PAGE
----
Cyberbullying has also been credited with the advent of post-traumatic stress disorder (PTSD) in victims. In a study detailed by Mateu et al. (2020), in which they sought to determine the mental health effects of cyberbullying on adolescents, the findings were that there is a significant overlap between traditional bullying and cyberbullying. That is especially in the mental health impacts on both victims and victim-perpetrators, whereby there was a close association with different types of PTSD symptoms. Around a third of the cyber victims displayed symptoms of clinically significant PTSD. At the same time, they also reported experiencing more intrusive thoughts and avoidance behaviours, in which they would avoid situations related to trauma. Crucially, as a result of PTSD, the victims’ bodies remain in a perpetual state of flight, which poses a significant effect on the brain’s structure and is especially perilous to the development process of an adolescent’s brain. Therefore, cyberbullying stands out as a significant contributor to PTSD among the victims.


The extensive uptake of digital tools in contemporary society, especially for communication, has coincided with the advent of the cyberbullying phenomenon. There is a striking similarity between the effects of conventional bullying and cyberbullying in that they both present significant challenges to the physical and psychological well-being of the victims. That said, the construct of cyberbullying, such as the inability to pinpoint the bully, coupled with the vast audience that it can reach, serves to exacerbate some of its effects on victims. Furthermore, the fact that the bullying occurs in cyberspace often means that in most cases, it is almost impossible to tell the bullying is taking place, and often, the victims opt to remain quiet. As a result, some of the reported mental health effects of cyberbullying include depression, anxiety, suicidal ideations, and post-traumatic stress disorder.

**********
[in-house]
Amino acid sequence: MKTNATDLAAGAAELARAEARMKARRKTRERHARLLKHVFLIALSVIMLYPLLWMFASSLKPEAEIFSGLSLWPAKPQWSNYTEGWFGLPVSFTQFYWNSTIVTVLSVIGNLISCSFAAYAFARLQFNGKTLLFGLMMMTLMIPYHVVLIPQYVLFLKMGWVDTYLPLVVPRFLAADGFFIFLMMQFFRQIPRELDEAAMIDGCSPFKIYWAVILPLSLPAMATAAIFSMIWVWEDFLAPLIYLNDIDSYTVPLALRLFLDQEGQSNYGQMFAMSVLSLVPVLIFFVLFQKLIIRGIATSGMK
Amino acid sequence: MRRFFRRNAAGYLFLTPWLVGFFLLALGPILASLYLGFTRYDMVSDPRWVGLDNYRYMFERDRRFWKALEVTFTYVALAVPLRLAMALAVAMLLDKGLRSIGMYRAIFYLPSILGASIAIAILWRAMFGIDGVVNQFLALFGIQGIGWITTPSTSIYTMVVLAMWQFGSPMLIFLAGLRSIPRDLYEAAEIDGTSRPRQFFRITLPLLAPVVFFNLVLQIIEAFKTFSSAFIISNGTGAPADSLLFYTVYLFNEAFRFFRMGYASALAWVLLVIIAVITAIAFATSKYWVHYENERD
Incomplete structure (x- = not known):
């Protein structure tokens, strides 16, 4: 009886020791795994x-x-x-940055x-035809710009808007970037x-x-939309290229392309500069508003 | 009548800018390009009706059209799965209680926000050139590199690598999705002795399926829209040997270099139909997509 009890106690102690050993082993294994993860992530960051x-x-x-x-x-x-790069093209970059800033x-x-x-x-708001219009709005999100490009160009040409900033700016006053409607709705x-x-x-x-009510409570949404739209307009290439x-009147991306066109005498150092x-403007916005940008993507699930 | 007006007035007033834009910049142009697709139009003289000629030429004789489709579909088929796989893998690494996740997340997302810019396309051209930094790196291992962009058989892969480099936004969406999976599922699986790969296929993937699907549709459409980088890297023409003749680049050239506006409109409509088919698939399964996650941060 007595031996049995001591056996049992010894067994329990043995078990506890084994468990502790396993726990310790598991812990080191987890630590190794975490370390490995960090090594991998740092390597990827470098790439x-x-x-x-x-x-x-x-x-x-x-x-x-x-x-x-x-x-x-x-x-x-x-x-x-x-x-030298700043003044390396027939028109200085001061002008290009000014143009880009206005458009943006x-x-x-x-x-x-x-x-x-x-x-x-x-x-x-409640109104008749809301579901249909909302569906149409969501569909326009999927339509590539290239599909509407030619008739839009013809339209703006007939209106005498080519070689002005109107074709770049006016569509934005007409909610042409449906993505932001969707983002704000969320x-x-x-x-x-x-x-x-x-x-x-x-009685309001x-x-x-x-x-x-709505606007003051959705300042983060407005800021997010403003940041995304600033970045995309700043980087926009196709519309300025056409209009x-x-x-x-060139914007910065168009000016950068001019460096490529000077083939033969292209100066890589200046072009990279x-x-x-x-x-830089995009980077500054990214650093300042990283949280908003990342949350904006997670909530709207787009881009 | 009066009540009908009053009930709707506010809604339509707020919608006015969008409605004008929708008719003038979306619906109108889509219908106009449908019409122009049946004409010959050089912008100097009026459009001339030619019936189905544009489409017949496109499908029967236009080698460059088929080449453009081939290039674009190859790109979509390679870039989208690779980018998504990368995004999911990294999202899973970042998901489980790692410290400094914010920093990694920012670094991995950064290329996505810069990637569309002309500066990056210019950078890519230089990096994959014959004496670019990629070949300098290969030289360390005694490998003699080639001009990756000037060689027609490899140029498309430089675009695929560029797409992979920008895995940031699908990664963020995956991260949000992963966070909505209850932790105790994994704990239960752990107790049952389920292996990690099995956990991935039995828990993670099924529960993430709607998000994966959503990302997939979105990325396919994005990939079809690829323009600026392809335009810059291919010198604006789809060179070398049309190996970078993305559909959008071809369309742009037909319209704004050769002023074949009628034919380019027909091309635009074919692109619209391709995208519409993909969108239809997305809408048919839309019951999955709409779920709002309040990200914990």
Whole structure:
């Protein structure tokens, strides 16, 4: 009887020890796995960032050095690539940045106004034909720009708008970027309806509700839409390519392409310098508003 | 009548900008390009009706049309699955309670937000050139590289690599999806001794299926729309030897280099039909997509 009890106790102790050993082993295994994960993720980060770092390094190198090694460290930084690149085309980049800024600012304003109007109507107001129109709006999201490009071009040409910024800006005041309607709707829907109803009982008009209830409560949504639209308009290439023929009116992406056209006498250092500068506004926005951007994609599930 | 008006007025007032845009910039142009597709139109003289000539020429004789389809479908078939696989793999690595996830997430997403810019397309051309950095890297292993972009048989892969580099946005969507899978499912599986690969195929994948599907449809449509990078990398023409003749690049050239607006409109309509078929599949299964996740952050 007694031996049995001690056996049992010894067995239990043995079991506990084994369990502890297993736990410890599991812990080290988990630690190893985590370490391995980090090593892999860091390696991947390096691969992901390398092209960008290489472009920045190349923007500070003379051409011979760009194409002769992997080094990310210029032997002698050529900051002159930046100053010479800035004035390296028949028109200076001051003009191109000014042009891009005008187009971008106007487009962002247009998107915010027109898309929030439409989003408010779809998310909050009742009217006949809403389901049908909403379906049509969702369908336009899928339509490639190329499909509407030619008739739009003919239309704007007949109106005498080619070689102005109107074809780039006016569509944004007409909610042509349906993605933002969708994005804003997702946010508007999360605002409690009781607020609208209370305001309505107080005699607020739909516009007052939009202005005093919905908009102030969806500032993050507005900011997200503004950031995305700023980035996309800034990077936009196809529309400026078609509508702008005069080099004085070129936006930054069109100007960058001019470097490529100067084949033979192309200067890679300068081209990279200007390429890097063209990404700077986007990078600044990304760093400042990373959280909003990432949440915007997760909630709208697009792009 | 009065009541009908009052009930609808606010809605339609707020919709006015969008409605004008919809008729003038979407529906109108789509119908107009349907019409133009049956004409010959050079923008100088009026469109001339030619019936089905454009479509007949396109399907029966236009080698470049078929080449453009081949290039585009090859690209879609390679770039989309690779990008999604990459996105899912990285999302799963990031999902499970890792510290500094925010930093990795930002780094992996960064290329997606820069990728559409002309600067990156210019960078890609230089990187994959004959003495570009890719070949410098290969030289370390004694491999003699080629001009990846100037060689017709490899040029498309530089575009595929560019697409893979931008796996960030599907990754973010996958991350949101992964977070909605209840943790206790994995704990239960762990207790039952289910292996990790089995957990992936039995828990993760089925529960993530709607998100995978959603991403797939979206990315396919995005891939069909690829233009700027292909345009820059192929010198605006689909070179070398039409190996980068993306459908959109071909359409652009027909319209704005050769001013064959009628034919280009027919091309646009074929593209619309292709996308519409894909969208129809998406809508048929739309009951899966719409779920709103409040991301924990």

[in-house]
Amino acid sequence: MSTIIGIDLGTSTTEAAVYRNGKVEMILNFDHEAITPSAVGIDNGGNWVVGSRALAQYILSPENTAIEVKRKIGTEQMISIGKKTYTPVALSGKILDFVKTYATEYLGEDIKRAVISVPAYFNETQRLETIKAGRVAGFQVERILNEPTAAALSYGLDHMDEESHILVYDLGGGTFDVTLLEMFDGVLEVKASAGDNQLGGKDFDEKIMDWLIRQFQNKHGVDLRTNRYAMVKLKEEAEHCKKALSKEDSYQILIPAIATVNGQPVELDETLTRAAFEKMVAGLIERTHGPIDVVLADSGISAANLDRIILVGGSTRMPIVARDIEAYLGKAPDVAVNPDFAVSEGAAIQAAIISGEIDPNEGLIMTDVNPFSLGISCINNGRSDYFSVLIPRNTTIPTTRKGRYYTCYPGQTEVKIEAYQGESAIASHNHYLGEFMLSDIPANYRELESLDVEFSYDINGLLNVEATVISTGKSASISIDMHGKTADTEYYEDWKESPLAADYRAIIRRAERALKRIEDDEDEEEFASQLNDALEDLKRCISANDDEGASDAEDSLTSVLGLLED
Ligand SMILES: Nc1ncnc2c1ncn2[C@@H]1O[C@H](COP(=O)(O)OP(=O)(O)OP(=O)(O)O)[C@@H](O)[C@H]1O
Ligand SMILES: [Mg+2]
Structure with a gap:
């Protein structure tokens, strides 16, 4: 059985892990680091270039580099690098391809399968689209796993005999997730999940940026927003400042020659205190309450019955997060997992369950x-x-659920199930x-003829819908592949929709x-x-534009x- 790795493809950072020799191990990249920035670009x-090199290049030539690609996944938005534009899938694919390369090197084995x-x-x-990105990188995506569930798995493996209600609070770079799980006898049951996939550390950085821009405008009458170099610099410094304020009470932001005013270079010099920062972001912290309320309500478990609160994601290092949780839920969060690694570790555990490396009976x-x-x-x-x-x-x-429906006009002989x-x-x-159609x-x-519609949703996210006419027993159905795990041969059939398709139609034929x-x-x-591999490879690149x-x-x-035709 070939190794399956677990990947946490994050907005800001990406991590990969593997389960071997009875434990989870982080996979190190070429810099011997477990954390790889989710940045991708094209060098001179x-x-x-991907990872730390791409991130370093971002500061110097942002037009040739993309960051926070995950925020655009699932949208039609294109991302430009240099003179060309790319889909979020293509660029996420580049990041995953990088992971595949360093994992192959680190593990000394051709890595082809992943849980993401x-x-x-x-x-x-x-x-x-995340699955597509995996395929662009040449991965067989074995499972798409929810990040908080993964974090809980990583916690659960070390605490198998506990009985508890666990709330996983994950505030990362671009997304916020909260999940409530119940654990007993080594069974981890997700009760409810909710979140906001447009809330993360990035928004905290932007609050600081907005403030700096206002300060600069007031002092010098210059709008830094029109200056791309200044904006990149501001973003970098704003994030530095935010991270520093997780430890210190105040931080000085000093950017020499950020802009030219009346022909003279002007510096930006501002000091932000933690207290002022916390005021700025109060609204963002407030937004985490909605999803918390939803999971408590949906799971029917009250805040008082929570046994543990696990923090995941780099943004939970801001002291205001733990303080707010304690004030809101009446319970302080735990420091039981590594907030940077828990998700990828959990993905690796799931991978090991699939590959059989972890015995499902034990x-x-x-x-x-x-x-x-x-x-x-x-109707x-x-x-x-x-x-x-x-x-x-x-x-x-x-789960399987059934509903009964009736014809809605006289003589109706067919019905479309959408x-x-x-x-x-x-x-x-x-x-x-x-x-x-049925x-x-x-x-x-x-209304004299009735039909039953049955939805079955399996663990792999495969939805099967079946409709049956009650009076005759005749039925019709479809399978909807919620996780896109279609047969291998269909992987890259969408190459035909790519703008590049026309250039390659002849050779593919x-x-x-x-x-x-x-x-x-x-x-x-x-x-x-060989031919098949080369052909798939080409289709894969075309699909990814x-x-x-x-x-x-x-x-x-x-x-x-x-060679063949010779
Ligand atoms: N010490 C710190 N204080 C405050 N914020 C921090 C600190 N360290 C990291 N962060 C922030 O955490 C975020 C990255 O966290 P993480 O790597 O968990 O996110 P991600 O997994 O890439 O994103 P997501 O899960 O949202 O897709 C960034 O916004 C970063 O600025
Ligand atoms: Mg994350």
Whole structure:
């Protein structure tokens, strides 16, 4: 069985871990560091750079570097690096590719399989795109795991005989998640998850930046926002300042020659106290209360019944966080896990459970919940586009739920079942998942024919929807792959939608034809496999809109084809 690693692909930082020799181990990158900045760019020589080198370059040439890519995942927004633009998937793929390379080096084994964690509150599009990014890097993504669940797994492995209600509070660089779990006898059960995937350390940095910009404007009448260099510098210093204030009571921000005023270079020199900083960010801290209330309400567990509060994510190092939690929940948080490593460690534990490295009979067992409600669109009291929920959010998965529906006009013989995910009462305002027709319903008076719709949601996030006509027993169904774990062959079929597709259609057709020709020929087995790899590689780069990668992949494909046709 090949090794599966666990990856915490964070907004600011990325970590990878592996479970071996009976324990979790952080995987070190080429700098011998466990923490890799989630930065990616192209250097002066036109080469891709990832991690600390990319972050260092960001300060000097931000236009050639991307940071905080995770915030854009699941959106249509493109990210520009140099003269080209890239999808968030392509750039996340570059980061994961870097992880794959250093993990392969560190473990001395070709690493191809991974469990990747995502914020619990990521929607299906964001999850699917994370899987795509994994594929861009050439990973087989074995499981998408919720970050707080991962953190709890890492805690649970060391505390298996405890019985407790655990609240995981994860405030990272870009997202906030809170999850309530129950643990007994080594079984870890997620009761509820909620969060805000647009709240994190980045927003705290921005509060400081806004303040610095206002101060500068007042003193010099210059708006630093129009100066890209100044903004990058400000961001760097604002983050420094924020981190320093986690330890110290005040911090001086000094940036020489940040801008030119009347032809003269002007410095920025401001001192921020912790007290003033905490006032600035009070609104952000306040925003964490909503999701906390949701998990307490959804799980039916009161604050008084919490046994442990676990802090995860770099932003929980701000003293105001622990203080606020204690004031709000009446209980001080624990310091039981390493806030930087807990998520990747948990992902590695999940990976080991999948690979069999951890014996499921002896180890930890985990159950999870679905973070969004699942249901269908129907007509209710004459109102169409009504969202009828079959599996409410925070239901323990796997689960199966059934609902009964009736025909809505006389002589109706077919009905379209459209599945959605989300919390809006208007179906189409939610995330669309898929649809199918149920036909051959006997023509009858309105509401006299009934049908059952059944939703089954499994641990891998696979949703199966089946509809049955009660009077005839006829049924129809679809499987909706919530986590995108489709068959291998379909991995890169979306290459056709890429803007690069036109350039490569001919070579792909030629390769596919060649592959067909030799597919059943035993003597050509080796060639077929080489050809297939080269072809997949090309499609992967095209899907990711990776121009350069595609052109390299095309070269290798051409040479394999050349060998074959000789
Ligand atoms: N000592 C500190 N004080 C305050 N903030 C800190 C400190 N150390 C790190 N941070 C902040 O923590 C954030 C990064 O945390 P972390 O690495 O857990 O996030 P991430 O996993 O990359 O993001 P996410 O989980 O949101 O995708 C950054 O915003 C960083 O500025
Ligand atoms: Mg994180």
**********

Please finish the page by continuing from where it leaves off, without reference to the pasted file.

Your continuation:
List of References

Hendricks, E. and Tanga, P., 2019. Effects of Bullying on the Psychological Functioning of Victims. Southern African Journal of Social Work and Social Development, 31(1), pp.1 – 17.

Kowalski, R. and Limber, S., 2007. Electronic Bullying Among Middle School Students. Journal of Adolescent Health, 41(6), pp.S22-S30.

Litwiller, B. and Brausch, A., 2013. Cyber Bullying and Physical Bullying in Adolescent Suicide: The Role of Violent Behaviour and Substance Use. Journal of Youth and Adolescence, 42(5), pp.675-684.

Mateu, A., Pascual-Sánchez, A., Martinez-Herves, M., Hickey, N., Nicholls, D. and Kramer, T., 2020. Cyberbullying and post-traumatic stress symptoms in UK adolescents. Archives of Disease in Childhood, 105(10), pp.951-956.

Nixon, C., 2014. Current perspectives: the impact of cyberbullying on adolescent health. Adolescent Health, Medicine and Therapeutics, 5, pp.143 – 158.

Pappas, S., 2015. Social Media Cyber Bullying Linked to Teen Depression. [Online] Scientific American. Available at: <https://www.scientificamerican.com/article/social-media-cyber-bullying-linked-to-teen-depression/> [Accessed 14 October 2021].

Patchin, J. and Hinduja, S., 2006. Bullies Move beyond the Schoolyard. Youth Violence and Juvenile Justice, 4(2), pp.148-169.

Schodt, K., Quiroz, S., Wheeler, B., Hall, D. and Silva, Y., 2021. Cyberbullying and Mental Health in Adults: The Moderating Role of Social Media Use and Gender. Frontiers in Psychiatry, 12, pp.1 – 14.

Cite this page

Choose cite format:
Online Chat Messenger Email
+44 800 520 0055